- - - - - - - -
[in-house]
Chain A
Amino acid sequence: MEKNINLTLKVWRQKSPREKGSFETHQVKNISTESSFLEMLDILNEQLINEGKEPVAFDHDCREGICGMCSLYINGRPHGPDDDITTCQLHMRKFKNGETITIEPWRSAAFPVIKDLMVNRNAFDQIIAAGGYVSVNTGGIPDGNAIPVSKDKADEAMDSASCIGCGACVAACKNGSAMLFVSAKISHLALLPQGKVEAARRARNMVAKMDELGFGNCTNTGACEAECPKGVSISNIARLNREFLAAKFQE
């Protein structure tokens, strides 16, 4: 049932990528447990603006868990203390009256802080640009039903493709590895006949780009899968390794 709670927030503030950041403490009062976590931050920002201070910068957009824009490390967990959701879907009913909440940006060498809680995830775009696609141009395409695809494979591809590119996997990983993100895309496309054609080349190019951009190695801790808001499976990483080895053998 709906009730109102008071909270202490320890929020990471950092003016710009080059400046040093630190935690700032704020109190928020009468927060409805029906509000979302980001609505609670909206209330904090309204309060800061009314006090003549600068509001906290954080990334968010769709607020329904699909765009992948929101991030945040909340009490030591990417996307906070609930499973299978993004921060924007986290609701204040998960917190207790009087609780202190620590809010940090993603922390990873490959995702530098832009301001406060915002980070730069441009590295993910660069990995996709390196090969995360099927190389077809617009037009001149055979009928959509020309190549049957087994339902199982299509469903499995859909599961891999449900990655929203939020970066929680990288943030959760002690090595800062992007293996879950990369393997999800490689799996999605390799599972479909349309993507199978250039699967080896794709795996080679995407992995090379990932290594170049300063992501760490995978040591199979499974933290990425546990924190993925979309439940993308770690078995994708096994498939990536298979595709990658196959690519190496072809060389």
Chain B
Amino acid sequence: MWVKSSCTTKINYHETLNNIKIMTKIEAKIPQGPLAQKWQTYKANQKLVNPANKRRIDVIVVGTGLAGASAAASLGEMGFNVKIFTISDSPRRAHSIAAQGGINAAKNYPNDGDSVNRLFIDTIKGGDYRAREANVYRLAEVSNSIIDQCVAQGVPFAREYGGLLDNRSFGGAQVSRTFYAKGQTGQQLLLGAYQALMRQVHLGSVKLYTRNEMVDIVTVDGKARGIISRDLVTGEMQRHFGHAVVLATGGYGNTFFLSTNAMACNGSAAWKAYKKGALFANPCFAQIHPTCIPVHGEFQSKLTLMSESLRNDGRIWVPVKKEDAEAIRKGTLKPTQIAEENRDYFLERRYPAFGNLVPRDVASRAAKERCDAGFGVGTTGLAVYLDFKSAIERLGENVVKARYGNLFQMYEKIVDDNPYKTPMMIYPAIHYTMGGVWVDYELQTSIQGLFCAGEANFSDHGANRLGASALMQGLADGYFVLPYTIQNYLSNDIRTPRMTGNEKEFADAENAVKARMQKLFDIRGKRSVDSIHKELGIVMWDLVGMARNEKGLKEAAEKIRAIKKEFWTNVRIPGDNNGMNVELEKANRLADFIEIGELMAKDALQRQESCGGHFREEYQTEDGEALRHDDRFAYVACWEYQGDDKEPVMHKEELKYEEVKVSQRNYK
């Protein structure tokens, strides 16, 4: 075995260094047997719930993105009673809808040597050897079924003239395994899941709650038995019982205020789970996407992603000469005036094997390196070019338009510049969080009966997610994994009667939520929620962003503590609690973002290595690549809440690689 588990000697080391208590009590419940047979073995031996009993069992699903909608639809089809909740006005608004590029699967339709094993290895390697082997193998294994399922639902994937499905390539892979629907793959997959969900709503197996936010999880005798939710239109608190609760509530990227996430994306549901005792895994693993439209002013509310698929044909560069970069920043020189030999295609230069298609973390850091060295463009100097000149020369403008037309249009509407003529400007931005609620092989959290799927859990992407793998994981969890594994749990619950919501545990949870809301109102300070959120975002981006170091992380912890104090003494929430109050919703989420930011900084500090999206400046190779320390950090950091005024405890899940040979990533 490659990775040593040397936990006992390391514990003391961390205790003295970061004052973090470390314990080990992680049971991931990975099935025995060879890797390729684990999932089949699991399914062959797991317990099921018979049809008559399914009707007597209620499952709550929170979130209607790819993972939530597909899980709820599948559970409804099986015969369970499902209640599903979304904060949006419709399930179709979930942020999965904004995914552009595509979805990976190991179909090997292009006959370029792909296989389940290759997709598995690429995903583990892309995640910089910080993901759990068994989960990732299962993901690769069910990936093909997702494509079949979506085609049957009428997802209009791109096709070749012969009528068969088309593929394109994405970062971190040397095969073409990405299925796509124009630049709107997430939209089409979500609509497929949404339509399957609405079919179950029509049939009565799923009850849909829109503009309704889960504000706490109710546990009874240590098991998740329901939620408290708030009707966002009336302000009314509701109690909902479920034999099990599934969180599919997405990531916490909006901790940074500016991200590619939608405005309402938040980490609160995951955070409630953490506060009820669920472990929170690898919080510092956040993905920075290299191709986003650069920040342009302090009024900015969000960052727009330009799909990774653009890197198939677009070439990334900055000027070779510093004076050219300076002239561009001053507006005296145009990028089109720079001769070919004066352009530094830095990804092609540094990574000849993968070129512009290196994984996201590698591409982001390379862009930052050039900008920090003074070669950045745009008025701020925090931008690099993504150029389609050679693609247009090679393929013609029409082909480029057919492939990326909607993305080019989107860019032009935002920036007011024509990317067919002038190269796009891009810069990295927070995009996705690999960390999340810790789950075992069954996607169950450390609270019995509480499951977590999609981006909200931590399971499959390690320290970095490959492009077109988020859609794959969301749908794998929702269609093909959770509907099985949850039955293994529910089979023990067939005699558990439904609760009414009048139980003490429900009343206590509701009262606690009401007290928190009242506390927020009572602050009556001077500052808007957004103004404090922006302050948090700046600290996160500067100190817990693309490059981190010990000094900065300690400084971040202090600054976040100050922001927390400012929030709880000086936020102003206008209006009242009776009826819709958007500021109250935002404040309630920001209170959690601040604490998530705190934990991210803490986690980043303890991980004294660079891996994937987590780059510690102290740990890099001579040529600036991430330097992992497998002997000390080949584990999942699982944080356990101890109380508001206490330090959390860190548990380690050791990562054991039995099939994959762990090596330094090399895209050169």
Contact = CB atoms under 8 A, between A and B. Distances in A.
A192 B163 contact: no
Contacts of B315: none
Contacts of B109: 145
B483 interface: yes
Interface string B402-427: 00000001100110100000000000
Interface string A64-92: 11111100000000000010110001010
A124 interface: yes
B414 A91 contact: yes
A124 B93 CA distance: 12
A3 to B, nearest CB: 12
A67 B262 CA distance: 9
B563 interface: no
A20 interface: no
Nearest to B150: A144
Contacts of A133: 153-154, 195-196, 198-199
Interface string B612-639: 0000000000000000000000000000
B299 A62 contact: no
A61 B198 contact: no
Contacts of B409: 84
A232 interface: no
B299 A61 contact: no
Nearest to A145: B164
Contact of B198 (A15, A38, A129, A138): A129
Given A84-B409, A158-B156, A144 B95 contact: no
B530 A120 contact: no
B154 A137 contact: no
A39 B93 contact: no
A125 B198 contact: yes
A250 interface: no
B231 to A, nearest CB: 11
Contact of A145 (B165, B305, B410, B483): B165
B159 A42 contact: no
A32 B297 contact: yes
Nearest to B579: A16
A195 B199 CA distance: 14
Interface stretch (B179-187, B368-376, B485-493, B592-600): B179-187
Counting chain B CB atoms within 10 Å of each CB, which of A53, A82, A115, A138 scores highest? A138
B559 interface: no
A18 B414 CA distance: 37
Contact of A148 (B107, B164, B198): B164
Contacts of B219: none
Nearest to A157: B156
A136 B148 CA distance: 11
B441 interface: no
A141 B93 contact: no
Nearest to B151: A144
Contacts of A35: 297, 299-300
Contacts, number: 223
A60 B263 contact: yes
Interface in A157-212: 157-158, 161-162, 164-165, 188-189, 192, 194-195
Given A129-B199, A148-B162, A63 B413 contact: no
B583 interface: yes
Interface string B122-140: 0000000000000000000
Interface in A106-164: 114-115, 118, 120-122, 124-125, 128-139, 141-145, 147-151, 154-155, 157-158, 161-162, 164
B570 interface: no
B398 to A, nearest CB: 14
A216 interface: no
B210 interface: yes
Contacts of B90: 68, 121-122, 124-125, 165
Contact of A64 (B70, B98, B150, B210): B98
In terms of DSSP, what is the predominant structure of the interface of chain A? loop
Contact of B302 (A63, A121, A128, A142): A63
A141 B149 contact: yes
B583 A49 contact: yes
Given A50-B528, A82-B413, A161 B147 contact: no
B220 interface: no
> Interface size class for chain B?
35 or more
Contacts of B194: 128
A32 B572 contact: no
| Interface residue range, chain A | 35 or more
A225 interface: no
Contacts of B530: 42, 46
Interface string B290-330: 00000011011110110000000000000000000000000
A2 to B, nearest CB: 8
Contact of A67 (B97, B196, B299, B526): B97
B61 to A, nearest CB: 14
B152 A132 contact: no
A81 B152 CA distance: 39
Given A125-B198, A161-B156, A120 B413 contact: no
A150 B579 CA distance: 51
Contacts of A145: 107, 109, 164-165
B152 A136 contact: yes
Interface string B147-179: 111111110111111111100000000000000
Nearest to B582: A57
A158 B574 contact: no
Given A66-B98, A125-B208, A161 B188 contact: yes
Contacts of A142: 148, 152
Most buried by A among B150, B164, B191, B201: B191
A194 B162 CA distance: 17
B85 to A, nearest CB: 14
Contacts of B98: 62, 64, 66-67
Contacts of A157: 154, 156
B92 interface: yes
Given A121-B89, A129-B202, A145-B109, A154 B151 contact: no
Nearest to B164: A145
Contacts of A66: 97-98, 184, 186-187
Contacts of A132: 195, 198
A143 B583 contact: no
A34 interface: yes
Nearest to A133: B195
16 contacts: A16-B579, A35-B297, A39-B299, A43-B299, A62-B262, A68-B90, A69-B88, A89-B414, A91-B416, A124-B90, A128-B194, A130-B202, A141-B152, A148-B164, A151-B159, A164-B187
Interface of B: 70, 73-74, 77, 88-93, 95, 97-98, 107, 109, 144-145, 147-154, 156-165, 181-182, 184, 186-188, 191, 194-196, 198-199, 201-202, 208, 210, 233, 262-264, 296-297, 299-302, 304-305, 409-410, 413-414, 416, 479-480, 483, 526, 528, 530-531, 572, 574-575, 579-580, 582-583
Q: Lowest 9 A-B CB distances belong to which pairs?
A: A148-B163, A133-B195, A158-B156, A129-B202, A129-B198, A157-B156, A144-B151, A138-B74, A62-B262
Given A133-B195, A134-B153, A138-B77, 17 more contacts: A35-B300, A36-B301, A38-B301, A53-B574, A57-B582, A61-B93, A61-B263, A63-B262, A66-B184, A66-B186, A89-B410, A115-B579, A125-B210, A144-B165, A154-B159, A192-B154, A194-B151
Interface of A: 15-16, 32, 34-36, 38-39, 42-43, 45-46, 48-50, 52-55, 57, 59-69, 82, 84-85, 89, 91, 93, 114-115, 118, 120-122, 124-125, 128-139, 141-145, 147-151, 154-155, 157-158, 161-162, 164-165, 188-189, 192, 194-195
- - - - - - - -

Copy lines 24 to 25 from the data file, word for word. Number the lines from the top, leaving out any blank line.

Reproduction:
Interface string B612-639: 0000000000000000000000000000
B299 A62 contact: no